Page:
Tech companies are getting pummeled on concerns over rising inflation
Not all companies in the tech sector are built equal, high-growth, unprofitable companies ought to be more susceptible to potential rate hikes, while industry stalwarts should continue to prosper
When Henry Ford rolled out his first car, the Ford Quadricycle Runabout in 1896, his neighbors laughed at him because they were convinced that the loud, vibrating heap that belched thick plumes of black smoke would never replace the dignified mode of transport of the time – the horse.
Similarly, investors dismissed the internet before the dotcom bubble and then became disillusioned in its aftermath.
Some are becoming disillusioned again.
With more time spent online during pandemic lockdowns, the assumption is that as vaccines get into arms, people who are out and about again will spend less time locked down to their screens.
Some investors also fear that higher near-term inflation may force central banks to raise policy rates, hitting expensive tech stocks with high growth expectations priced into their valuations.
That thinking stems from the view that higher interest rates would reduce the present value of long-dated cash flows, but such a view doesn’t take into account the new policy framework that the U.S. Federal Reserve rolled out last August.
Under the Fed’s new policy framework, the central bank can let inflation run hot for several periods, to make up for past undershoots.
So if inflation has been low or negative in previous periods, it can shoot above the Fed’s 2% target in subsequent periods, evening out overall inflation.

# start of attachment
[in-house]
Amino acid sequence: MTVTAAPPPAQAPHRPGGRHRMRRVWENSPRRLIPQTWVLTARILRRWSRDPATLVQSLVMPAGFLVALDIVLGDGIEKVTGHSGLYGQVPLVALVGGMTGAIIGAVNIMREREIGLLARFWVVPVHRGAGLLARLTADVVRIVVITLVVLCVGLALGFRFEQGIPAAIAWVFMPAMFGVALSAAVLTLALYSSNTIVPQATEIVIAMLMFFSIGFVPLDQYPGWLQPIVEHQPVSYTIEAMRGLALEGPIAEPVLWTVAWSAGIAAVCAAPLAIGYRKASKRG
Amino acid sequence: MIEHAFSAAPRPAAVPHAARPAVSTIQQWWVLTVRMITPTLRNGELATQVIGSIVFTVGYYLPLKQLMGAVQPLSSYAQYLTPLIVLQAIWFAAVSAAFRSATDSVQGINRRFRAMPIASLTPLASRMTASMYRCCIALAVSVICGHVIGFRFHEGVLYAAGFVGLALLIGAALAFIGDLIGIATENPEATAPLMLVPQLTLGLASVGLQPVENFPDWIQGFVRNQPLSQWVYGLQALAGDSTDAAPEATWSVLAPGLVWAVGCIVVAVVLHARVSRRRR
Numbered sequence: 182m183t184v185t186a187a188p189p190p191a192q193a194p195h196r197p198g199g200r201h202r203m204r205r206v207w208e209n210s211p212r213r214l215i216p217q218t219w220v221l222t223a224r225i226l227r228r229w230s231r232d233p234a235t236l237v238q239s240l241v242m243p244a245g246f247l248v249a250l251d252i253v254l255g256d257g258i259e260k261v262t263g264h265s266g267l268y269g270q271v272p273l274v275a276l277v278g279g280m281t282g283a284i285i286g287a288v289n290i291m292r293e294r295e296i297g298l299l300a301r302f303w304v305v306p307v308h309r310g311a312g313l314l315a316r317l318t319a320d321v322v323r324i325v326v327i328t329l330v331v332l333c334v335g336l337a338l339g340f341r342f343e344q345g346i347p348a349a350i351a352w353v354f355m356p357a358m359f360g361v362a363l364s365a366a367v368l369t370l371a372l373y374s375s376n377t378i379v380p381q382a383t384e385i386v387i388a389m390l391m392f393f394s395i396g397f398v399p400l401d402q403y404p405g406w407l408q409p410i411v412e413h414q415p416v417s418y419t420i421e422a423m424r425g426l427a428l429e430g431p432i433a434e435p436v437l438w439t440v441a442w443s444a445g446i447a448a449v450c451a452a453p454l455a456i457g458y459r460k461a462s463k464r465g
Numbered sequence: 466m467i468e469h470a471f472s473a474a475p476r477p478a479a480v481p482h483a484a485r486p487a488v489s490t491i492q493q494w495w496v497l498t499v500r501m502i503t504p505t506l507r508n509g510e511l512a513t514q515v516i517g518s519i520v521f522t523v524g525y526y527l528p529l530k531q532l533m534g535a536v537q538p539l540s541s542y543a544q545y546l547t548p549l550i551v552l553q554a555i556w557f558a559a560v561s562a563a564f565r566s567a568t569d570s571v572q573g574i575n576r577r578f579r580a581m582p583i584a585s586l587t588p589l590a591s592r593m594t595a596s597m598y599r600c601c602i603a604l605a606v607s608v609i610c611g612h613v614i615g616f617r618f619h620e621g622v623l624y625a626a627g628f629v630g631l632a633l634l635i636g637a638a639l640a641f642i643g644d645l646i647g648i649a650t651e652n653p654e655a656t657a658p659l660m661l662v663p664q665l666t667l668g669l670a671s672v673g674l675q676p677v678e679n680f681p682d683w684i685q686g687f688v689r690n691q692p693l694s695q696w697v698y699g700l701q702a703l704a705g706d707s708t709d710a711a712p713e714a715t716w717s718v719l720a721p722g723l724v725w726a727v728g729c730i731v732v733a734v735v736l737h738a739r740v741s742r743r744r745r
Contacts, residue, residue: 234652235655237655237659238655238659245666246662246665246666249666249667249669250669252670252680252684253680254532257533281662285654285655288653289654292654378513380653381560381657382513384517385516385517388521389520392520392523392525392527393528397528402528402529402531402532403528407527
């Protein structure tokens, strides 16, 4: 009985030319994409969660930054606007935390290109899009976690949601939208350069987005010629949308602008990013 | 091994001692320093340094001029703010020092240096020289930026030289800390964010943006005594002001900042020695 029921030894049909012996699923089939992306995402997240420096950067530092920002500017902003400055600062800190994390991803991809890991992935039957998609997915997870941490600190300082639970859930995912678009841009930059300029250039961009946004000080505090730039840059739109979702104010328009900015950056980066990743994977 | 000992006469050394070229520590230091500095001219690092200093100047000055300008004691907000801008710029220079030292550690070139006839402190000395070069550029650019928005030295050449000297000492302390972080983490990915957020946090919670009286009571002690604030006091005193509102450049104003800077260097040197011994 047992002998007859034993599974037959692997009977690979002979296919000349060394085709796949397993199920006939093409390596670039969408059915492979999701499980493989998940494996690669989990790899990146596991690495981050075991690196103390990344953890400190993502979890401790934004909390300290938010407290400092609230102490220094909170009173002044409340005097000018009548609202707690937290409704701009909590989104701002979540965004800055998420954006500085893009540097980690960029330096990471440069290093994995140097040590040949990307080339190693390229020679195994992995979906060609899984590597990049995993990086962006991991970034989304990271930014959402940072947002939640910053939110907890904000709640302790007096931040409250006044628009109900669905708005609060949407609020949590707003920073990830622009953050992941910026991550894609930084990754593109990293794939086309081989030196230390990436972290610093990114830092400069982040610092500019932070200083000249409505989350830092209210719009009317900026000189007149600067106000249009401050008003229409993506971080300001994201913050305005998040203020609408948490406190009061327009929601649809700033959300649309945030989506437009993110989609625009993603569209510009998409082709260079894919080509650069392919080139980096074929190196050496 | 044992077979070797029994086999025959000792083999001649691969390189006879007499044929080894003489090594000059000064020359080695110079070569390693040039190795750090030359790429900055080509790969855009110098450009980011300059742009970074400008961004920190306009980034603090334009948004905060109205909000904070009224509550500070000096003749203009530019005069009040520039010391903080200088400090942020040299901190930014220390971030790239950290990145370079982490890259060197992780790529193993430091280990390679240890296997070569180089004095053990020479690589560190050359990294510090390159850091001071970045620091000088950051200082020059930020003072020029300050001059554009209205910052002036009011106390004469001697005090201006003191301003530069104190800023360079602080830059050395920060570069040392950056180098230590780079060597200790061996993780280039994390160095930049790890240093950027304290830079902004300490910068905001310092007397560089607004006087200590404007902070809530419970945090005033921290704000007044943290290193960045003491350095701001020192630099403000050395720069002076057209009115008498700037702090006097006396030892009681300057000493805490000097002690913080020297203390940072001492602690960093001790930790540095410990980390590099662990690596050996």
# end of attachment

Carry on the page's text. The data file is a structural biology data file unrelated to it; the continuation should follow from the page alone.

And that suggests the Fed will be slow to lift rates from zero, and Fed officials have been repeatedly urging investors to look through near-term inflation volatility.
Judging by the minutes of recent Fed meetings, it is possible to surmise that the central bank is more committed to its new policy framework than markets are giving it credit for, meaning that rates will remain lower for longer than general expectations.
And rates aside, let’s not forget that tech firms were doing well even before the pandemic – it’s not as if connecting with friends, watching videos and shopping online were a recent invention.
An examination of the MSCI World Index reveals that the tech sector has had better earnings than any other sector over the past five years, and looking beyond the tip of one’s nose, the long term shift towards digitalization mean that the pandemic has only accelerated these trends.
In the immediate term, a move into so-called “value” stocks that are more sensitive to the economic cycle, may hurt some tech stocks, which were the darlings of the pandemic trade, but that could also provide a shot in the arm for other companies like semiconductor manufacturers, including Intel (+0.95%), Taiwan Semiconductor Manufacturing Co. (-0.53%) and Samsung Electronics (-0.13%).
While geopolitics and supply chain disruptions could roil chipmakers, the high capital cost and handful of players in this industry mean that they still enjoy strong pricing power.
With a global economy eventually back to shopping again, the rise of the internet of things or IoT, will mean that ultimately everything will need a chip (even a toaster!) and that means the demand side of the equation for chipmakers is likely to be durably strong.
To paint tech with a broad brush is too simplistic, especially when approaching tech as if all tech firms are made equal – they are not.
Those tech companies which are likely to be most affected by rates are the highest growth and least profitable companies – the money burners.
But the prospects for the high-quality money churners, your Apple (-0.13%), Google (+0.40%), Microsoft (+0.25%) and Amazon (-0.02%), is altogether different – rates may put a dent in their stock prices, but their values have been proved through time and effective business models.